Hearing an expert talk impairs the brain's ability to make decisions for itself, according to brain imaging studies.

Which doesn't necessarily mean that the expert is wrong.

A drug widely prescribed for years to heart-attack victims killed more Americans than did the Vietnam war.

And we know this now because the experts tell us? Or are they also wrong?

Only about one percent of the scientific studies based on fraudulent data are identified and reported.

EoR finds this really bizarre. To claim that one per cent, the total number of fraudulent studies must be known. So why are they being ignored?

One-third of researchers admit to having committed or personally observed at least one act of research misconduct within the previous three years.

Researchers in all fields? An 'act of research misconduct' covers a wide field of misdemeanours, not all of which necessarily prove that experts are wrong.

Two-thirds of the drug-study findings that indicate a drug may cause harm are not fully reported by researchers.

This is a major concern regarding reporting of pharmaceutical testing. It doesn't mean that experts are wrong so much as that data is being selectively presented. Such actions are not acceptable, but not indicative of a general expert failure syndrome.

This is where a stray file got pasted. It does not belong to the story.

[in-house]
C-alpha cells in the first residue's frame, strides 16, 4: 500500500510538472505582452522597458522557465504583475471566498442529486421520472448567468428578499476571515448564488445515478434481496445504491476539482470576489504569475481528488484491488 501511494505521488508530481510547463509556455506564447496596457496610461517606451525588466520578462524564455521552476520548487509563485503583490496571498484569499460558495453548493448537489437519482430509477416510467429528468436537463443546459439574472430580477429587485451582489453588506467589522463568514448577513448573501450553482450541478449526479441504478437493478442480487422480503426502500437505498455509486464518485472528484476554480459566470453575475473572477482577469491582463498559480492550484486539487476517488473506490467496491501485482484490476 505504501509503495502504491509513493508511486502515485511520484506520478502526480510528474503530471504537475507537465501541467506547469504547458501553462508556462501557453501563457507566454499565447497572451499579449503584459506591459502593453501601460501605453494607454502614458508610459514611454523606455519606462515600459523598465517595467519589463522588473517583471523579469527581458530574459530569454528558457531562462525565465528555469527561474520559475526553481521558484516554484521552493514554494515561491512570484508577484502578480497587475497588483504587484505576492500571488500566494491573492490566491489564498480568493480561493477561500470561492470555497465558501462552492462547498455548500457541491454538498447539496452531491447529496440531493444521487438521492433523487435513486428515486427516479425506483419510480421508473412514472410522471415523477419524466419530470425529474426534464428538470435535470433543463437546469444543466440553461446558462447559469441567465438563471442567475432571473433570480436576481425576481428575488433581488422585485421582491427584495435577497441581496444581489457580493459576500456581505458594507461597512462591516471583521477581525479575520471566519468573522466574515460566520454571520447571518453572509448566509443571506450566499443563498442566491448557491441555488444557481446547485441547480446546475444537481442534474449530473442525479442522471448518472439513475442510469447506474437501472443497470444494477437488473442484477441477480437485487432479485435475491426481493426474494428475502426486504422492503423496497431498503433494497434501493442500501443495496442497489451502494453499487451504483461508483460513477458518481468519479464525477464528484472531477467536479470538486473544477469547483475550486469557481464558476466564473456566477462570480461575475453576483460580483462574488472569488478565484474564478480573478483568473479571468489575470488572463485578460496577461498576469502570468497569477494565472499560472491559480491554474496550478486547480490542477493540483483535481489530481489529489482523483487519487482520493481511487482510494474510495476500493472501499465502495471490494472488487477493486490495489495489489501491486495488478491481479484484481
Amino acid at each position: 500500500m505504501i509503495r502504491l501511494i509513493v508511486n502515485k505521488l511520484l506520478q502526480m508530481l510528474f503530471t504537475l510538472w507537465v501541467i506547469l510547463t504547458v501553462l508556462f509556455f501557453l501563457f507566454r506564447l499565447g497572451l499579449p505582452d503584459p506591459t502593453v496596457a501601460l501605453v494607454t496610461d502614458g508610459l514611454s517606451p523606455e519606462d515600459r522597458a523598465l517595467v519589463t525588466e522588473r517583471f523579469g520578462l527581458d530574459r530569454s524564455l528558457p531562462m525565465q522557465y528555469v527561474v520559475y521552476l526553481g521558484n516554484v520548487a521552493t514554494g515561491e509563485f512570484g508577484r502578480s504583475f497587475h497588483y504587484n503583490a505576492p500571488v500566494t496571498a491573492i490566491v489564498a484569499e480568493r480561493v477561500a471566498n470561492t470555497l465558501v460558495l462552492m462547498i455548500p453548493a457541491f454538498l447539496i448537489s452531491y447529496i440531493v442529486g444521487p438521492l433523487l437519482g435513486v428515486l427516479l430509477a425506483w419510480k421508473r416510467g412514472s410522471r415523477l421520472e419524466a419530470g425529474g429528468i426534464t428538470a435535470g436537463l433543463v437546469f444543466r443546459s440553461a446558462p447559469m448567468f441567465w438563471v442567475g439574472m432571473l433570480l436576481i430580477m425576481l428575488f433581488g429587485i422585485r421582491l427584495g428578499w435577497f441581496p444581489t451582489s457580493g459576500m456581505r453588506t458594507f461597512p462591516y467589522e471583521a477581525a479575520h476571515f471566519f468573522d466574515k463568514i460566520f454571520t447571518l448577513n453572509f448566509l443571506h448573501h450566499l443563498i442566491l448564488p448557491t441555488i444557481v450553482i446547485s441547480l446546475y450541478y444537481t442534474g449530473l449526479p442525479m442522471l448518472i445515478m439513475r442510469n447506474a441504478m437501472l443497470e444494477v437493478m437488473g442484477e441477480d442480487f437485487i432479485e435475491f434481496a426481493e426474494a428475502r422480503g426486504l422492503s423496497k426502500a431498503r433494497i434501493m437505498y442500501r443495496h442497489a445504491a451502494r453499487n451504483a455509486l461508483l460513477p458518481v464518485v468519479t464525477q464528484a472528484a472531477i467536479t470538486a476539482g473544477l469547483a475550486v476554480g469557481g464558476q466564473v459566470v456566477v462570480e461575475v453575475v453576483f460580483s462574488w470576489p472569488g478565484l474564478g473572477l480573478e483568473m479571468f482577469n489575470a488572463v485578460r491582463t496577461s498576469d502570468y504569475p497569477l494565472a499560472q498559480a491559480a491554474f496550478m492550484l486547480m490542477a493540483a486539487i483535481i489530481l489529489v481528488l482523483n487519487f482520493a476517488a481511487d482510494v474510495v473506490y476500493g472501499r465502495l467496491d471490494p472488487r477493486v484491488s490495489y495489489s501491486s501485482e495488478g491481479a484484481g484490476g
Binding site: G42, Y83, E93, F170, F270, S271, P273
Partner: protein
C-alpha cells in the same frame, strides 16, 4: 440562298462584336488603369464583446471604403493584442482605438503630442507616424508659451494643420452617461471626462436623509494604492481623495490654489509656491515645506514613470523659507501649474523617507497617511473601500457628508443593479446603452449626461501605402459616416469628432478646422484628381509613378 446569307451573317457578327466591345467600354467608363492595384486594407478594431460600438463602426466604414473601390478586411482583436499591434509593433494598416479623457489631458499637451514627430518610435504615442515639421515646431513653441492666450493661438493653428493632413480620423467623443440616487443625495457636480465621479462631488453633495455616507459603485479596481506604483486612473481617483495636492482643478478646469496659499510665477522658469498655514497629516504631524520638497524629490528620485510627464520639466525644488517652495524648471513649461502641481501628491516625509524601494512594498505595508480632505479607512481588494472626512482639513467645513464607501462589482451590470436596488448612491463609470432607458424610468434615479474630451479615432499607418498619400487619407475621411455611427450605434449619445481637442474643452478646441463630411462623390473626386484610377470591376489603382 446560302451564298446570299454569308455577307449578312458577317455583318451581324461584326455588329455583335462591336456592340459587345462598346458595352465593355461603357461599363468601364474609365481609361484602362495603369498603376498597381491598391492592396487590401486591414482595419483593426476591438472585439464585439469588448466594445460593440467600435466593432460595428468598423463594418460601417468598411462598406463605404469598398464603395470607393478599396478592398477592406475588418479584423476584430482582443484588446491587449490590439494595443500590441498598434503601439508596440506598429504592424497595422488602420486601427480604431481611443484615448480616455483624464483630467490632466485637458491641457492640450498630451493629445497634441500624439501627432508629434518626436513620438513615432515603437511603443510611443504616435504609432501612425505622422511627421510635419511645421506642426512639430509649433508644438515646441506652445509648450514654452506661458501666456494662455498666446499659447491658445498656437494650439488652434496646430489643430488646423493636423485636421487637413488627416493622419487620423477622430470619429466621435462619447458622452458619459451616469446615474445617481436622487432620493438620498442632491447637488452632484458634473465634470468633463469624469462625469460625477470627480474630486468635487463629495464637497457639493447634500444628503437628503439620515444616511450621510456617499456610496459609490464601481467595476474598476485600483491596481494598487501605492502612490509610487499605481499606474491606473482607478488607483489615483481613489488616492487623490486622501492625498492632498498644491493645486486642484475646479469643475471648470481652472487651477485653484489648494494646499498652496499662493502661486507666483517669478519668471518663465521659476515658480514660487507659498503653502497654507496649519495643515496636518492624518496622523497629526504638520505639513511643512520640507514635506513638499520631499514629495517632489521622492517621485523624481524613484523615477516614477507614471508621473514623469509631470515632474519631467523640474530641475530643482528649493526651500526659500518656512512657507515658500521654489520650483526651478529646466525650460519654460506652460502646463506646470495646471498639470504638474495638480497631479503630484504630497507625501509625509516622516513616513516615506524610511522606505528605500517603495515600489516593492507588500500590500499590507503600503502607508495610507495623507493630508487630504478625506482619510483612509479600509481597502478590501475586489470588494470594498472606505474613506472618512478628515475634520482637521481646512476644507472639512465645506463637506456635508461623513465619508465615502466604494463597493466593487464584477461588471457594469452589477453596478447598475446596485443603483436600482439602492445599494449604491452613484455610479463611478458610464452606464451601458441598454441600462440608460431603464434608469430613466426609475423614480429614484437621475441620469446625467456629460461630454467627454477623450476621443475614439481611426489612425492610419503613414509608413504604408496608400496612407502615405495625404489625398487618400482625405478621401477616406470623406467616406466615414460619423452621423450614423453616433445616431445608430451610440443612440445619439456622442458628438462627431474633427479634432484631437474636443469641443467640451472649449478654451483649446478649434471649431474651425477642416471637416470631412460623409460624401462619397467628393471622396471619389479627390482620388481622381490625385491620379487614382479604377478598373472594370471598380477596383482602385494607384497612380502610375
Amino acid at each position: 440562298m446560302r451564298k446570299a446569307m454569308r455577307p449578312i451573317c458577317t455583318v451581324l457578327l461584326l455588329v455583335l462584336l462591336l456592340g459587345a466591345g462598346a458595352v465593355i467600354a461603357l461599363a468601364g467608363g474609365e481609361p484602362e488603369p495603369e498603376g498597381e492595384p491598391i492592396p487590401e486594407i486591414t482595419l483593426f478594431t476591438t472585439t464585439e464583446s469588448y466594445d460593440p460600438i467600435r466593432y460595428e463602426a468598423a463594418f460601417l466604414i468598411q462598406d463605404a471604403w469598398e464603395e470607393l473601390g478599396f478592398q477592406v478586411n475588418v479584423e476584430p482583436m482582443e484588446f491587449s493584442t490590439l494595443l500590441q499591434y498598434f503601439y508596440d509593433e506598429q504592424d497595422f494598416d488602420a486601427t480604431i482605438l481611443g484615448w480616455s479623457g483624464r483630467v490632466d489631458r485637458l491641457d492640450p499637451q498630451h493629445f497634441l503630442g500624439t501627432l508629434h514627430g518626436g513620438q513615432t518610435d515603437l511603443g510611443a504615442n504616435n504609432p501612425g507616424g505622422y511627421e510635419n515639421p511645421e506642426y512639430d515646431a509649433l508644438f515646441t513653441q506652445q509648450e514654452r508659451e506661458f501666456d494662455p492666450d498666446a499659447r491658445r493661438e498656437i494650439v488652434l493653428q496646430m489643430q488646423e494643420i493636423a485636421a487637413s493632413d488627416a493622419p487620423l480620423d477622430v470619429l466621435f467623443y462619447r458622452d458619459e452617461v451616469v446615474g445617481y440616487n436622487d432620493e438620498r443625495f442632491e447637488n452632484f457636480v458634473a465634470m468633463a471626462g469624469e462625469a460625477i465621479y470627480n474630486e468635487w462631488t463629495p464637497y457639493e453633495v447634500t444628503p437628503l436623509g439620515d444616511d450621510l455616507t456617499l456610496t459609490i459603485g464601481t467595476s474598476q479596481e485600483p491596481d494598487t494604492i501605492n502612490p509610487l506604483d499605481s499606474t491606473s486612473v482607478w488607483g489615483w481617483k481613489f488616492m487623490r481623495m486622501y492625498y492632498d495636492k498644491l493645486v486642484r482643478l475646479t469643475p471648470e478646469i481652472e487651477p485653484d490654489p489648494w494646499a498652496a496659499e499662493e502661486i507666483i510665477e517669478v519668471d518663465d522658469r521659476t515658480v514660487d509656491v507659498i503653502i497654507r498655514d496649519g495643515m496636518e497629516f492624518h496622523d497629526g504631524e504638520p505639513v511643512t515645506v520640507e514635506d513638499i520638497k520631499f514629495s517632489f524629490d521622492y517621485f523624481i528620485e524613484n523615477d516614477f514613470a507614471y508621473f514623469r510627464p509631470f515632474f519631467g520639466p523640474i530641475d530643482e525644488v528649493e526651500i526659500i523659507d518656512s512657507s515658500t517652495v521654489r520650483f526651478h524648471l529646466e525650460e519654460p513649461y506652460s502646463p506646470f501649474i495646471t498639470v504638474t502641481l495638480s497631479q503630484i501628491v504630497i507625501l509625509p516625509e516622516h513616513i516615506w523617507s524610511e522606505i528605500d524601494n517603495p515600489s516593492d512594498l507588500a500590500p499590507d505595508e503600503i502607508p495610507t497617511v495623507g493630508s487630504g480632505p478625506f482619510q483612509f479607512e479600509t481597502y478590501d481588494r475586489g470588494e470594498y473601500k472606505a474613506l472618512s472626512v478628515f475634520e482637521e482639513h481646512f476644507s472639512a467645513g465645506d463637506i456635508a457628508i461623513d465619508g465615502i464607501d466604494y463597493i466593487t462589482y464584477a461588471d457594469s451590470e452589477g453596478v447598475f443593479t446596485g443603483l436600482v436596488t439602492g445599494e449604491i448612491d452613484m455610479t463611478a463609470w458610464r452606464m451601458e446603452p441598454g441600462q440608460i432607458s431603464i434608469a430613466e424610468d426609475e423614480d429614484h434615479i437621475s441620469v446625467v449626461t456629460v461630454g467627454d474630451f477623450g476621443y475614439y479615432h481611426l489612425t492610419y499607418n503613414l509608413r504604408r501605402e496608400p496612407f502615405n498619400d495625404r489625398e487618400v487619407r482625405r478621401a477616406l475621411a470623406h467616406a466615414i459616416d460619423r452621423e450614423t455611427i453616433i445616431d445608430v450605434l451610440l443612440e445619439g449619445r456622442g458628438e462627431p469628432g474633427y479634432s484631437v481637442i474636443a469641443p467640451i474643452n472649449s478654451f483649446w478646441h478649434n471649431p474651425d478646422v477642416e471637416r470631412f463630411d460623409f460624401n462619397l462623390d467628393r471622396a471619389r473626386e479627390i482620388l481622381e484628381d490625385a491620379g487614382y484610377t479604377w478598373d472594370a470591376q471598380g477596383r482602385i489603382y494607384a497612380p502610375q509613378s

Ninety-five percent of medical findings are never retested.

Which doesn't necessarily mean that they're wrong (as Mr Freedman seems to be implying, unless he knows something the rest of us don't).

Half of newspaper articles contain at least one factual error.

Journalists are not experts (except, possibly, in journalism). Confusing them with such is what is really wrong with perceived 'expert failure' and why Mr Freedman appears to have limited himself to mass media experts.

Sixty percent of newspaper articles quote someone who says the reporter didn't get the story straight.

Again, journalists are at fault here. Arguing that experts are wrong because journalists misquote or misinterpret them (or simply state what they want the story to say) is confusing who made the mistake.

Three-quarters of experimental drugs found safe and effective in animal testing prove harmful or ineffective on humans.